A Bigger, Badder Gun?

When we put the data from the previous studies that were conducted to measure the mass of the supermassive black hole within the galaxy NGC 1332 together, the results vary from 500 million to 1.5 billion solar masses. This is kind of a huge inconsistency; however, thanks to the Atacama Large Millimeter/submillimeter Array (ALMA), the results just got a whole lot clearer.

A new study conducted by astronomers at the University of California, Irvine demonstrated the capabilities of the new radio telescope by measuring the mass of the black hole of the aforementioned galaxy, which is approximately 73 million light-years away.

The results revealed that the gases near the black hole's center are traveling at speeds over 500 km/s (310.7 mi/s). As such, the calculated mass is about 660 million times greater the Sun and 150 times the mass of the black hole at the center of the Milky Way, confirming that the lower estimates from previous data are more accurate.

The combined observations of Hubble and ALMA of the black hole at the center of NGC 1332. Credit: Carnegie-Irvine Galaxy Survey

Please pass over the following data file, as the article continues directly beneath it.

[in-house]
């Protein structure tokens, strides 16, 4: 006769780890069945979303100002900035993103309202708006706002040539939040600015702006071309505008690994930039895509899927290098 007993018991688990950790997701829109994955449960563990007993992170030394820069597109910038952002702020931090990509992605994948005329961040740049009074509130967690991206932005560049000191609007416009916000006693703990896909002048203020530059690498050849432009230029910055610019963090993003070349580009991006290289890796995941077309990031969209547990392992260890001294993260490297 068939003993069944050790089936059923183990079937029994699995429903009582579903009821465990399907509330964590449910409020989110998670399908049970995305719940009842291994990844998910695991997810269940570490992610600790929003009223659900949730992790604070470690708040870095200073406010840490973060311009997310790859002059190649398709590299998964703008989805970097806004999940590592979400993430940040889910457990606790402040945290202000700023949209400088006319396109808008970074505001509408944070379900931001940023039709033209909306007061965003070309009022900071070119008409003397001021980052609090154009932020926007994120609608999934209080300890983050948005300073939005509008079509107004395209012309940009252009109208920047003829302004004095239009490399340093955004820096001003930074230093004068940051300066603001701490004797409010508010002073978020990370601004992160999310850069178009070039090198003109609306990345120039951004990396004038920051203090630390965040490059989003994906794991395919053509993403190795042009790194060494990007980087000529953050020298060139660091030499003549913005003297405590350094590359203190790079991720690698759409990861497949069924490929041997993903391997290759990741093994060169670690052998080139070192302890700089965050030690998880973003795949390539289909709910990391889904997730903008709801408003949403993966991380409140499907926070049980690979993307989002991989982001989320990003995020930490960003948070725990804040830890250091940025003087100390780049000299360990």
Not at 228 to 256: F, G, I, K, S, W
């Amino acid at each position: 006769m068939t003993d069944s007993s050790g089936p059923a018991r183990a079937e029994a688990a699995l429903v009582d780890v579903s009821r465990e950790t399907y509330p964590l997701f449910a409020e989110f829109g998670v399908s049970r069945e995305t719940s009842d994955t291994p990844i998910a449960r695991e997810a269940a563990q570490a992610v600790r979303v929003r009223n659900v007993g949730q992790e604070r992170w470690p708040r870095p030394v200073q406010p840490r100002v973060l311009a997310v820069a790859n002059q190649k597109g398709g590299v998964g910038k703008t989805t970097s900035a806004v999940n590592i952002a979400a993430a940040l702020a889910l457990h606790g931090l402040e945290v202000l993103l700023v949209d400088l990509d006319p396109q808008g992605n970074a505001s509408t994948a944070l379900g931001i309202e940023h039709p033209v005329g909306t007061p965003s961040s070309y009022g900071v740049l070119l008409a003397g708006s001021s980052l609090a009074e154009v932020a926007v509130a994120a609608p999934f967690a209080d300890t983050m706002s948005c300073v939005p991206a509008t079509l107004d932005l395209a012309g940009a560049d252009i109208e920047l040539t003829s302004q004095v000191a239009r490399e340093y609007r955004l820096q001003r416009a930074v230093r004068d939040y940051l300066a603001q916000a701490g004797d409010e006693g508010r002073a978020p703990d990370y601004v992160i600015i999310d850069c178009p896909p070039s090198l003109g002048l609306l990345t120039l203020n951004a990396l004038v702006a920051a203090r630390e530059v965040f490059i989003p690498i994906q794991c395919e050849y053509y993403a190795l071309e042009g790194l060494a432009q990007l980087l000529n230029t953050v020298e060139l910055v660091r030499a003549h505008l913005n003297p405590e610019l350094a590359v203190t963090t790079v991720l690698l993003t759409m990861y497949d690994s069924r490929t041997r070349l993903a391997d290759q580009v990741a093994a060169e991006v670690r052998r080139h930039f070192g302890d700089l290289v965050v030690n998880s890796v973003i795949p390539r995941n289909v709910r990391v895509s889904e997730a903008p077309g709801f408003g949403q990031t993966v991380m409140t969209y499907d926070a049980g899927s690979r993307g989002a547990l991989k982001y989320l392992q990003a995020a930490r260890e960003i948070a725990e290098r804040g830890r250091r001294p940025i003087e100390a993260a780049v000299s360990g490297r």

A New Window

Most errors in the observations of cosmic bodies beyond our own galaxy come from the effect of the stars and other objects surrounding the subject under study. Even the black hole within NGC 1332 is said to just be a tiny speck when all of the other masses near it are taken into consideration.

The researchers assert that the new telescope's close-in observations take on a different approach that provides higher accuracy.

Optically, the Hubble Space Telescope makes observations of the hot, ionized gases forming as disks around dense bodies, which could lead to lower precision due to the turbulent nature of these gases. The ALMA, on the other hand, can map the cold, dense component of these disks, which is reported to be a more reliable method.

The astronomers point out that this technique could be applied to the other galaxies out in the known universe, emphasizing that the black hole that they just measured is relatively "modest" compared to most behemoths out there (but it's still quite the behemoth).

The study has been published in the Astrophysical Journal Letters

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